He now has protected contact with his Mum and Dad; he is still with them a lot of time, but there is a division between the two via a mesh fence. He can still see them, smell them and hear them, but is protected. The only big hurdle we had then was at night time. Amari would normally curl up and sleep with his mother and unfortunately because we didn’t have that opportunity, we have supplemented that with a Keeper. So, every single night one of his two Keepers that both the lions trust, Cristy or Brooke, sleeps up with the lions in the den and Amari sleeps with them.
To start with, they slept on a doona on the hay on the floor, so it was easy for Amari; now they have a stretcher bed, and Amari sleeps up on that with them. It is a pretty special thing for the Keepers.
Does he sleep through the night, or does he wake up for a feed?
No, he gets a late feed and sleeps all night. For example, last night he didn’t go to bed until midnight and woke up before 5am and wanted to play, just like any human baby. He’s 16 weeks old, a typical little baby.
What’s he eat at the moment?
He’s on solid foods, as well as three bottles of milk. All sorts of things, a lot of protein, chicken and those sorts of things. He has a special diet; we have liaised with other zoos that house lions to help us through this process; for example, Sally at Mogo Zoo has been a huge help and support.
It is very, very common for this to happen with first-time mums. In the wild, tragically the survival rate of the cubs to first time young mums is very slim. We have done extremely well, really. Statistically there’s less than a 40% survival rate for the cub in the wild for a young mum like Misty. I have spoken to a lot of zoos and most lose their first litter with a young mum, but then second time around they become a very good mother. So, we are anticipating Misty to be a great mum next time around.
Does Amari get any special treatment?
Over and above. Like most children, he has a bedroom full of toys. His favourite is a little dinosaur, and he has just got a little Tigger stuffed toy that he loves too. Like all children, quite often you will buy a nice expensive toy, and they are happier with the box it came in than the toy itself. He loves his blanket on a stick – he likes to chase that round – but he is definitely in love with his dinosaur plush toy; he carries that around with him everywhere.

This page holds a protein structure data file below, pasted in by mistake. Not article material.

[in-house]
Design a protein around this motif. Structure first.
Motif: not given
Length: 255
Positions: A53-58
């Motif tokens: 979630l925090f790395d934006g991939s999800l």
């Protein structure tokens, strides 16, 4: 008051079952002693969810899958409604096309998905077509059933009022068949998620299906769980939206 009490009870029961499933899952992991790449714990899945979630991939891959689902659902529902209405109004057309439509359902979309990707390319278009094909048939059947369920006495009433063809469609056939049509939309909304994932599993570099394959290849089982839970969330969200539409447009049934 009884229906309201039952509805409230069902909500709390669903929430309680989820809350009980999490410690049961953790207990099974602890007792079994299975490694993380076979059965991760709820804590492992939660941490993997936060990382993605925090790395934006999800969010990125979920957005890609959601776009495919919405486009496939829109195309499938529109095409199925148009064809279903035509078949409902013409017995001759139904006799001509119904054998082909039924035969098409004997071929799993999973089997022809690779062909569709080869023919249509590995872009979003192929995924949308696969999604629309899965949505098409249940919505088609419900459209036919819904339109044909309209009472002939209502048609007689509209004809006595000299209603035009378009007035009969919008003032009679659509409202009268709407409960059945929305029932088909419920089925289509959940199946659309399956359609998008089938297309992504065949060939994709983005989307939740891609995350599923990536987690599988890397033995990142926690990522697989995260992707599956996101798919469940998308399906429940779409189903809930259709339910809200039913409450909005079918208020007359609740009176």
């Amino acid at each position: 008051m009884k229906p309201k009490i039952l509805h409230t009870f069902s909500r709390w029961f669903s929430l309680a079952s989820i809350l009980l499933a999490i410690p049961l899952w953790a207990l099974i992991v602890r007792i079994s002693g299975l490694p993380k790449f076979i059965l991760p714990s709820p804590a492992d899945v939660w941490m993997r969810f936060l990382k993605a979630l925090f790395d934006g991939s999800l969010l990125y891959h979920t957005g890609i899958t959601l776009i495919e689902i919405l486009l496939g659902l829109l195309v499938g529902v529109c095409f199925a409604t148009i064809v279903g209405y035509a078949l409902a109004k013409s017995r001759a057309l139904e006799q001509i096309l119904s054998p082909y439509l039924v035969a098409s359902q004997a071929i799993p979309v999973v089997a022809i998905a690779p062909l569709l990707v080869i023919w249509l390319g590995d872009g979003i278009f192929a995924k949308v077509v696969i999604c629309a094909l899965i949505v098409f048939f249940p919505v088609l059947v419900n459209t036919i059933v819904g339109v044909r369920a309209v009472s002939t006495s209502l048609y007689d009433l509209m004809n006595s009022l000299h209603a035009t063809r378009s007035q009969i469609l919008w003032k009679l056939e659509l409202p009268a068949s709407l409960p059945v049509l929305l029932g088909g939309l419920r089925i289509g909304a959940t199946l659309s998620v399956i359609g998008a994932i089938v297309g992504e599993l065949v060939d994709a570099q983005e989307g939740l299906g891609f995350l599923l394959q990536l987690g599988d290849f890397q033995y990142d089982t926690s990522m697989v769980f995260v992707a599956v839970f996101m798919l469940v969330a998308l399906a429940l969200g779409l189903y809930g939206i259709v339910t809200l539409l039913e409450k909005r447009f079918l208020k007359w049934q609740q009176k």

Three times a day, after the lion presentations Amari will have his own little presentation, where he will come out and meet and greet visitors to the zoo. He will enjoy a play, chase around and hide. He is as cute as a button.
Will the proud parents, Milo and Misty have more litters?
We hope so. Obviously, when we brought them from Africa, we were unsure if they would even be compatible, let alone be able to breed. They could have a couple of litters a year if there were no problems, so fingers crossed. We also work under the breeding recommendations of ZAA, who will recommend suitable pairings and zoos for their offspring.
What does this mean personally to you to have this happen, the birth of Amari?
Personally, as the owner/director of Billabong Zoo, this is a huge milestone and a huge bucket list item to be ticked off, being in such an amazing situation and able to help some of the big zoos in Australia with the progeny of our lions. Ten years ago, we talked about this; at that point in time I had no idea if we would be able to import our own cubs – it was just a dream. Now, it’s a dream that has become a reality.
I am so wonderfully proud of what we have achieved over the years and so grateful to our wonderful staff, who are so dedicated and committed to our animals and conservation … from humble beginnings, two keepers and one café staff and a small wildlife park to a nationally recognised regional zoo employing more than 26 staff that assists many zoos and wildlife parks throughout Australia. The last 12 months has seen the first stage of our two-million-dollar upgrade to our café and main entry building, specialist animal and bird enrichment training for our keepers, the breeding of many of our endangered species and our continual commitment to our ongoing conservation projects.
We are very close to completing our new monkey mayhem precinct, which will be home to three new primate species: the Pygmy Marmoset, the world’s smallest monkey; the cute little Cotton Top Marmosets; and the ever favourite and cheeky Common Marmosets, so stay tuned for their arrival in 2019.
At this point I would like to say a HUGE thank you from the entire Billabong Zoo crew and all the critters at the zoo, to you, Chrissy and to Jay and all his amazing team at FOCUS for their constant and ongoing support in what we do and what we have achieved at Billabong to date.
Merry Christmas and a safe, happy and prosperous New Year to all.